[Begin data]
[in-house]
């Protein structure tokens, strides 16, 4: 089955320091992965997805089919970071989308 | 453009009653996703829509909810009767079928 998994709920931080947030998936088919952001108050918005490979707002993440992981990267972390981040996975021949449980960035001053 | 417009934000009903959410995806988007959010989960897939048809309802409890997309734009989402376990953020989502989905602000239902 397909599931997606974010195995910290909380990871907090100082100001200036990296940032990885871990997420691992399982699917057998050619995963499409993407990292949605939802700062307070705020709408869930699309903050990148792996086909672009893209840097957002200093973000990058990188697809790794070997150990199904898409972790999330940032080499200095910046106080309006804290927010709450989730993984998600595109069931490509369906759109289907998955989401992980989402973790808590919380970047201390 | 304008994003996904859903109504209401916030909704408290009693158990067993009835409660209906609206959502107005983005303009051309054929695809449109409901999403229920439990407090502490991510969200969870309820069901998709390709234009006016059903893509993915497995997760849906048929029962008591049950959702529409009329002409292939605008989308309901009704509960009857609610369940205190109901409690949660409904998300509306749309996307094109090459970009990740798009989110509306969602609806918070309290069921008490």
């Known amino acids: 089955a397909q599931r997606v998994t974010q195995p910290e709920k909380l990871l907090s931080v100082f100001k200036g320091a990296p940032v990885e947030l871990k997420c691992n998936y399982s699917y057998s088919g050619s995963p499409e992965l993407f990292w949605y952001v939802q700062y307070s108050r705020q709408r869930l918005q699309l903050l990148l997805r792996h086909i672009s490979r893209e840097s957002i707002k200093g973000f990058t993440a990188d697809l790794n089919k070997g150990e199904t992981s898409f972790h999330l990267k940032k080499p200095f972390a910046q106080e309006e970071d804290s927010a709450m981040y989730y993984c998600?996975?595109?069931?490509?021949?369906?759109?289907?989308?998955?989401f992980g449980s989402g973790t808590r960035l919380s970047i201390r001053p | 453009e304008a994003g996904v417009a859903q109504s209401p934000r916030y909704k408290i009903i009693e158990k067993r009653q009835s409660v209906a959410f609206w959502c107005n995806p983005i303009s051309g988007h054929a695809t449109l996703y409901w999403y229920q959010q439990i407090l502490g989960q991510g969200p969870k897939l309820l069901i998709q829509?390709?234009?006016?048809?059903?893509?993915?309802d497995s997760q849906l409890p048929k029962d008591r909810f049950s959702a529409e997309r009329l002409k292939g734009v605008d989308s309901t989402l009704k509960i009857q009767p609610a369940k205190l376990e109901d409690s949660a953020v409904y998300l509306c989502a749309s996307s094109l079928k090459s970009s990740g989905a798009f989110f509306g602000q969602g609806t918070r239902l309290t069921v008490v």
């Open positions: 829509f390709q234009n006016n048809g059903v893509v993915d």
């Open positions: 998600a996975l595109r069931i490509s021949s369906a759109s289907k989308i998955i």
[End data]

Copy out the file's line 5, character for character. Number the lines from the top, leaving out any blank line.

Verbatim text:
């Open positions: 998600a996975l595109r069931i490509s021949s369906a759109s289907k989308i998955i």